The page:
I wrote it because AzCopy was weak and inconsistent. It was fragile, needing constant attention and monitoring in case a journalling file got stuck. Also, AzCopy didn’t keep files in sync. If a file was deleted locally (as part of a cleanup to delete old backups), AzCopy was unable to delete files remotely, so it was messy to maintain files in Blob Storage containers. The uploader was written to keep files in sync, and not have to fuss with AzCopy.
The real value of this tool though, is being able to recover the latest backup files (full, differential and transaction logs where available) which are needed to recover from a catastrophic failure. Without any knowledge of the backups, just knowing the database name, it can parse the list of files in Azure, download the necessary ones to recover, and build a T-SQL script to restore them. Literally all you need to do is run the downloader, then run the restore script.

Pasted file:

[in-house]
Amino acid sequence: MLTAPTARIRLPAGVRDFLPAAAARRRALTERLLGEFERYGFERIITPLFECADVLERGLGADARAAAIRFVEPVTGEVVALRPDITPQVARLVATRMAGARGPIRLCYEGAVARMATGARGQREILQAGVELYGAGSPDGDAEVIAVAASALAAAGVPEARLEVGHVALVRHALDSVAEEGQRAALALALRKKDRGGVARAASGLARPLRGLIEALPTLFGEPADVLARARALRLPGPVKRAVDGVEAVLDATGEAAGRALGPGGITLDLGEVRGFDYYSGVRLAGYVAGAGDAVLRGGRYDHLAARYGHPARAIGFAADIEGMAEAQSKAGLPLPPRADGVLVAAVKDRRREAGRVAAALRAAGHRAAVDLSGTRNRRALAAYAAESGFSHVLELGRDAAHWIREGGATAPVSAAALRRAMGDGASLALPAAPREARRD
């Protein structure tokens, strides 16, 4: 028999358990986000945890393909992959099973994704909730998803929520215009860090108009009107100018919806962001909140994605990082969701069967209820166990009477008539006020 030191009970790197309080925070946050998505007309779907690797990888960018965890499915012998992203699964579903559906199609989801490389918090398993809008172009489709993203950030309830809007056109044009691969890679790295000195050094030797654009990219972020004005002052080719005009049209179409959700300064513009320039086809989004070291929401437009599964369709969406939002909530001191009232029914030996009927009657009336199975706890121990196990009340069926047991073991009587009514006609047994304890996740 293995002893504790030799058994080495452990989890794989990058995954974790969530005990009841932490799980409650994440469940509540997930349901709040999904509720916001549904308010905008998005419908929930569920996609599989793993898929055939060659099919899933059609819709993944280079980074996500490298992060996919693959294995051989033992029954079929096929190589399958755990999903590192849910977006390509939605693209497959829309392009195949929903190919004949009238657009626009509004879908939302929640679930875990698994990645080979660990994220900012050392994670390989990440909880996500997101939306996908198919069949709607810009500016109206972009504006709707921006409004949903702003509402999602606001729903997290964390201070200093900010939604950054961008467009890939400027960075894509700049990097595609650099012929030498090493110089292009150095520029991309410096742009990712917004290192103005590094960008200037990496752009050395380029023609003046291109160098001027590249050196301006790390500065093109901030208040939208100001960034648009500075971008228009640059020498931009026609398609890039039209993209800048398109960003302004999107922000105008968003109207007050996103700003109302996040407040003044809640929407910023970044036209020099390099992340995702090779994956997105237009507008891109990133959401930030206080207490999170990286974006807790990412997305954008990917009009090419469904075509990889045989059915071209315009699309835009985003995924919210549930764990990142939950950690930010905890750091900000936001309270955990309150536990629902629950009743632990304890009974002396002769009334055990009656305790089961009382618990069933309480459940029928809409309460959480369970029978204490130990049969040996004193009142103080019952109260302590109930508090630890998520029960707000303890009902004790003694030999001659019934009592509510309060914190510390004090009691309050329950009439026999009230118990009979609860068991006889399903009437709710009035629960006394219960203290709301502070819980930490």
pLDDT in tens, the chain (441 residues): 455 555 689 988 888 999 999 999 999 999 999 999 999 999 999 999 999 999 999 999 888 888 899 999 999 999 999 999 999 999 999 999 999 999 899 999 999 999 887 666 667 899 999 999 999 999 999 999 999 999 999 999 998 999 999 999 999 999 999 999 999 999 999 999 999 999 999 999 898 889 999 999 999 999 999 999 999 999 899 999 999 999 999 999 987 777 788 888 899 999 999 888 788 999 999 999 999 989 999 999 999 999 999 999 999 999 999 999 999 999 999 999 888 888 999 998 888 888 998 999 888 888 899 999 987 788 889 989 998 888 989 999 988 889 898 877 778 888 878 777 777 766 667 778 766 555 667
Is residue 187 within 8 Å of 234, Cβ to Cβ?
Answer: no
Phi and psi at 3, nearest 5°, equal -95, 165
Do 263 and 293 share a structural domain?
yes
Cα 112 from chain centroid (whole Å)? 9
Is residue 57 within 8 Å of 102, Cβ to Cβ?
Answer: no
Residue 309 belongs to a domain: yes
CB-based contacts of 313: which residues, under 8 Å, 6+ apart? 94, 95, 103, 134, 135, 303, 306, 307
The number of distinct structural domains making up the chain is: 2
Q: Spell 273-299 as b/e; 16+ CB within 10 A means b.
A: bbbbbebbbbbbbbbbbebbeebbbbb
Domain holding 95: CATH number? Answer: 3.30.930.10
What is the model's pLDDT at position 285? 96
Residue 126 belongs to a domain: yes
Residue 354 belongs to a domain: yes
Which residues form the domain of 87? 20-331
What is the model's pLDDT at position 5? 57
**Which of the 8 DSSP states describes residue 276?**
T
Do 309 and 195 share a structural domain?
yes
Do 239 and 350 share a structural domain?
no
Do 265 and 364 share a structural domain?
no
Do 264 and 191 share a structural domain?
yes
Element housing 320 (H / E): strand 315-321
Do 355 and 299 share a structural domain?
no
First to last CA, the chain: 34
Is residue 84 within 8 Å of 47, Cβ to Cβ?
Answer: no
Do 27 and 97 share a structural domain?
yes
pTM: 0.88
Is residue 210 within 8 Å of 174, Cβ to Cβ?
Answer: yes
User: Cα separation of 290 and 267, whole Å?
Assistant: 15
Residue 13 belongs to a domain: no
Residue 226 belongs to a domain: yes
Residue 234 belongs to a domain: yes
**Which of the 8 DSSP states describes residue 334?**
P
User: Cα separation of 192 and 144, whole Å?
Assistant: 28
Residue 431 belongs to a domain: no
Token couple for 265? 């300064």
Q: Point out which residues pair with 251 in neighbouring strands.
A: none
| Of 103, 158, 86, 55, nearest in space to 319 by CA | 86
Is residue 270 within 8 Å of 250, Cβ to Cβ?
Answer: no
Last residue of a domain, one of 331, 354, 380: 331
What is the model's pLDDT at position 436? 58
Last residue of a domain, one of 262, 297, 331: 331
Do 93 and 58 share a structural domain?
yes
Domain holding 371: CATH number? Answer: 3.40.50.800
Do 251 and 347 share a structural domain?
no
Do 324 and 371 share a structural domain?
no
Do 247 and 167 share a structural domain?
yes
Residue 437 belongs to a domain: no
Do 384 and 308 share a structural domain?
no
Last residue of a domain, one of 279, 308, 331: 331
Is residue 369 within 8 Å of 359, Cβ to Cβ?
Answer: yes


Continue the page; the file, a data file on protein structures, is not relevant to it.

Randolph talks about how the state of AzCopy has changed and offers up some new guidance as well as tooling updates.